- Real Estate
- Food & Drink
Sept. 7, 2020
Keith Kinsey is a self-described restaurant guy.
His resume includes leadership roles at Noodles & Company, McDonald’s and Chipotle Mexican Grille, among others.
He most recently spent four years as CEO of Chicago-based Portillo’s, a restaurant known for its Italian beef and hot dogs, before he retired in 2018 and was succeeded by the then-CEO of P.F. Chang’s.
Retirement didn’t last long. In May 2019, he was named CEO of Sioux Falls-based Orion Land Mark, formerly Orion Food Systems.
Here, he saw opportunity.
“I think back to when I was at Chipotle, and they came up with this category – fast casual,” he said.
At the time, the industry scoffed at the idea, he said. Conventional wisdom said the category would be squeezed at the bottom by quick-service, or fast-food, restaurants and at the top by full-service ones.
Instead, the category became an industry-changing approach.
In Orion, which was named No. 1 by Entrepreneur this year in the miscellaneous quick-service category of the magazine’s Franchise 500 list, he sees an opportunity to pioneer a category of the food service industry.
“I believe we can define it,” he said. “If we can continue to do the things we do – the quality of the food and getting our name out there – we have a real big competitive advantage.”
From his office in Sioux Falls, he watches that play out in real time.
His television connects him to Orion’s location in Milford, Iowa, which still bears the Land Mark name. Orion merged with the business last year – a move that made it the nation’s largest supplier of pizzas to the convenience store industry.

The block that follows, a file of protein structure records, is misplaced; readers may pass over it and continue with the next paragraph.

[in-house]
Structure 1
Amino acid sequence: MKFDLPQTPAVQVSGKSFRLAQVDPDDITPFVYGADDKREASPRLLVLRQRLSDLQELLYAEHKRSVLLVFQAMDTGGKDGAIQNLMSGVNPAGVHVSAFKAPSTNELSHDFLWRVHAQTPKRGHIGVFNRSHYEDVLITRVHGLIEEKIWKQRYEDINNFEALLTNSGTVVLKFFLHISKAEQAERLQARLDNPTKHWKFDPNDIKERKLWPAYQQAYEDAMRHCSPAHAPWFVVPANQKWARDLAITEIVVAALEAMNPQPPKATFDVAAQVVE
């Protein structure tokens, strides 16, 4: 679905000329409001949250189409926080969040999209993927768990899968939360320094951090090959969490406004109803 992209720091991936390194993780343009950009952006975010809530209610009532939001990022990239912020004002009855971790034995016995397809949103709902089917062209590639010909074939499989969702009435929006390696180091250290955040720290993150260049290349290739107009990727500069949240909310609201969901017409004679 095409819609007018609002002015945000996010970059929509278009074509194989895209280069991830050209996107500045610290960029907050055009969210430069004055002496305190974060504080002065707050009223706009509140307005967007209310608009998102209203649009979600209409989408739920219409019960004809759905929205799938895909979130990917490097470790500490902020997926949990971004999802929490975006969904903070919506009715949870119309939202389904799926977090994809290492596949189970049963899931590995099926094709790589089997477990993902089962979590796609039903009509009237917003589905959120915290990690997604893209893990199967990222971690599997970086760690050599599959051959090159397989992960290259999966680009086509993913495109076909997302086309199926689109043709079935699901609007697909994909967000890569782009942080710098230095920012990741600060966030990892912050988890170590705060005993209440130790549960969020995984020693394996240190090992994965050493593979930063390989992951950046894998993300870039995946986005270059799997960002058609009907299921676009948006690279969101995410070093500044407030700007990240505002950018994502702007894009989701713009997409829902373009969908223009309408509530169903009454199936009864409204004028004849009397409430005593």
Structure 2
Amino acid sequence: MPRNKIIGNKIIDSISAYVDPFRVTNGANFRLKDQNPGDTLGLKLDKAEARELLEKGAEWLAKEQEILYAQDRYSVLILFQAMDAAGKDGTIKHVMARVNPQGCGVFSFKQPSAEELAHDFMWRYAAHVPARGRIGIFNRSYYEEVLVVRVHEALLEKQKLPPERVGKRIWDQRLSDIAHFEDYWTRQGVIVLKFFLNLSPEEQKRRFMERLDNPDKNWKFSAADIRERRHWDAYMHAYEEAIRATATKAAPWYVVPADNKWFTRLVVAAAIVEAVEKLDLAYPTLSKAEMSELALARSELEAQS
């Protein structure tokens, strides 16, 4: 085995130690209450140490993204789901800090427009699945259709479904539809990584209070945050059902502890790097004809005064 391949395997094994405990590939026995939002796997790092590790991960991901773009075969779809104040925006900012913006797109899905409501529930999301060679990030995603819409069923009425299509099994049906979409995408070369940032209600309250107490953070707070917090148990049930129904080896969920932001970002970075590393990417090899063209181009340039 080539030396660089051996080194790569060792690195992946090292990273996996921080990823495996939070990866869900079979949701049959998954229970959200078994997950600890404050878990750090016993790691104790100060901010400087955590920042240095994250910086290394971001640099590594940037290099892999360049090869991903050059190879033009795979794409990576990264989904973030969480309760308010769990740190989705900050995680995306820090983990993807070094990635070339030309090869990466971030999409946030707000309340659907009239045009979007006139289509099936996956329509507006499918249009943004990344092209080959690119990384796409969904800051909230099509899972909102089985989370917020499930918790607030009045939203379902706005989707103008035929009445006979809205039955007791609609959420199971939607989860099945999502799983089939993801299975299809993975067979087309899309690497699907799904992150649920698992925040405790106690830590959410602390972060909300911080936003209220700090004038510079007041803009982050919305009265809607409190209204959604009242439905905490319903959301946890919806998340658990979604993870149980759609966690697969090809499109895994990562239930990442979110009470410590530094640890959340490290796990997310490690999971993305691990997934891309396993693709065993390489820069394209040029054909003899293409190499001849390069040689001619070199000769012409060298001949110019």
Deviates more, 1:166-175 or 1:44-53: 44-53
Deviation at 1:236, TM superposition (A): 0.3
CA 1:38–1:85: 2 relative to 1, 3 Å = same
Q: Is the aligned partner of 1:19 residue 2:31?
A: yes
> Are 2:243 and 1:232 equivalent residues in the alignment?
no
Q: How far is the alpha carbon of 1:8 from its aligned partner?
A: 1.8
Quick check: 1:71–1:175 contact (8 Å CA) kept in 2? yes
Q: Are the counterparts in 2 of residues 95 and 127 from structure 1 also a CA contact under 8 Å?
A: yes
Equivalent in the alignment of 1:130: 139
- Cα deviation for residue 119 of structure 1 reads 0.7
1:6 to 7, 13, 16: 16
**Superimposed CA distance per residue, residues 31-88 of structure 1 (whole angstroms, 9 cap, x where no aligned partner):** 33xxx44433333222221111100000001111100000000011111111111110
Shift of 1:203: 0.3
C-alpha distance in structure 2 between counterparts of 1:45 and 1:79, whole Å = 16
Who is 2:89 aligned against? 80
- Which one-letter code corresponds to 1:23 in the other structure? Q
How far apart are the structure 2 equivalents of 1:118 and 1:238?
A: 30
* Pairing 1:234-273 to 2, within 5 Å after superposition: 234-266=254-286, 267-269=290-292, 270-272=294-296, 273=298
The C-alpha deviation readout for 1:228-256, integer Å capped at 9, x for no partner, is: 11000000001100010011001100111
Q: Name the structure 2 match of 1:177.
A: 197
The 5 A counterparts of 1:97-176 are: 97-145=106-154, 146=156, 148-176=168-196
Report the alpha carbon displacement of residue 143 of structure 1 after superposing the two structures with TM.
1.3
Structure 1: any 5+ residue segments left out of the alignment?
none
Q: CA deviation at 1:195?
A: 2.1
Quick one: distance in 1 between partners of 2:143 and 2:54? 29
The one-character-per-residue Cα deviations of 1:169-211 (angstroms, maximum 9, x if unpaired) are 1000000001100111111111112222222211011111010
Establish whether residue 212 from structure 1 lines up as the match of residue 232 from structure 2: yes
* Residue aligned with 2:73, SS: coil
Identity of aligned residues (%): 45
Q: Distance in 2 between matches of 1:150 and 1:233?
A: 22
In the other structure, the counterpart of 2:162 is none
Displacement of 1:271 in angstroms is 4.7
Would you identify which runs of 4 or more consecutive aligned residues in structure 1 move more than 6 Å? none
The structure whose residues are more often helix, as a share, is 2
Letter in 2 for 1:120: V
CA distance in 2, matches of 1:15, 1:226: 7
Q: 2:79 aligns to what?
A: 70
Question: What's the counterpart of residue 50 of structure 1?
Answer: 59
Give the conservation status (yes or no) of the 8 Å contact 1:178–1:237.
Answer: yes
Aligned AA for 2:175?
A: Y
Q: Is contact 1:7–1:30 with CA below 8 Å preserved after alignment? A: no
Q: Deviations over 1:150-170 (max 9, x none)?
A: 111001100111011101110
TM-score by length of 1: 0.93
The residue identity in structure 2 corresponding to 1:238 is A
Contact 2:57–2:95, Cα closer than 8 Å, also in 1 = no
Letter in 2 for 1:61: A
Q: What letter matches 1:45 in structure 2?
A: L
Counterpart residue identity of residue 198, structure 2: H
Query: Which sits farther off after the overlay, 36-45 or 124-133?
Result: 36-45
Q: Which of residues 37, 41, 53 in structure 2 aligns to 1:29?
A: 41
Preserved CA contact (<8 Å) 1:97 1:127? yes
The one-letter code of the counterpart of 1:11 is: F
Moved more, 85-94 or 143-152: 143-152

On this day, dozens of employees walk in and out of the picture, manning machines that are producing what eventually will become 7-inch pizzas.
“We call these waterfalls,” he explains, pointing at the two cheeses and pepperoni that are sprinkled down from machines as the pizza is topped.
“They’re all preset, so as the pizza goes through, a specific amount of cheese or pepperoni falls on.”
The finished pizzas hit the conveyor, and they’re boxed. Near the end of the line, a fan will blow the box off if it happens to not have a pizza in it.
“Usually, they won’t miss it,” Kinsey said.
“We average probably 90 a minute.”
If it seems a bit “Big Brother-esque” – his words – “it is.”
“But it really helps from a standpoint of looking at things,” he continued. “I’ll look at the toppings to see consistency. It won’t be perfect. But you look for the coloration and consistency of the pattern.”
On the opposite wall, a monitor minus the cameras tracks efficiency in the Sioux Falls bakery on the same property as Kinsey’s office. He’s known to walk through a shift change or to check on setup.
“It’s amazing what technology has allowed you to do, and the beauty of it is consistency,” he said. “If you think about what people want and expect, it’s consistency.”
Following the Land Mark merger, which brought the company to about 500 employees, Orion serviced 2,000 convenience stores.
The merger, which was backed by New York private equity firm One Rock Capital Partners LLC, combined Orion’s Hot Stuff Pizza brand with Land Mark’s Piccadilly Circus Pizza.
But there still are 153,000 convenience stores Kinsey considers potential customers – and 100,000 of those aren’t major chains, “so there’s a huge opportunity,” he said, adding that controlling the pizza-making process “from the ground up” is an advantage.
“We have the bakery, we do the ingredients, we do the mixing, we do all the elements to have that final product.”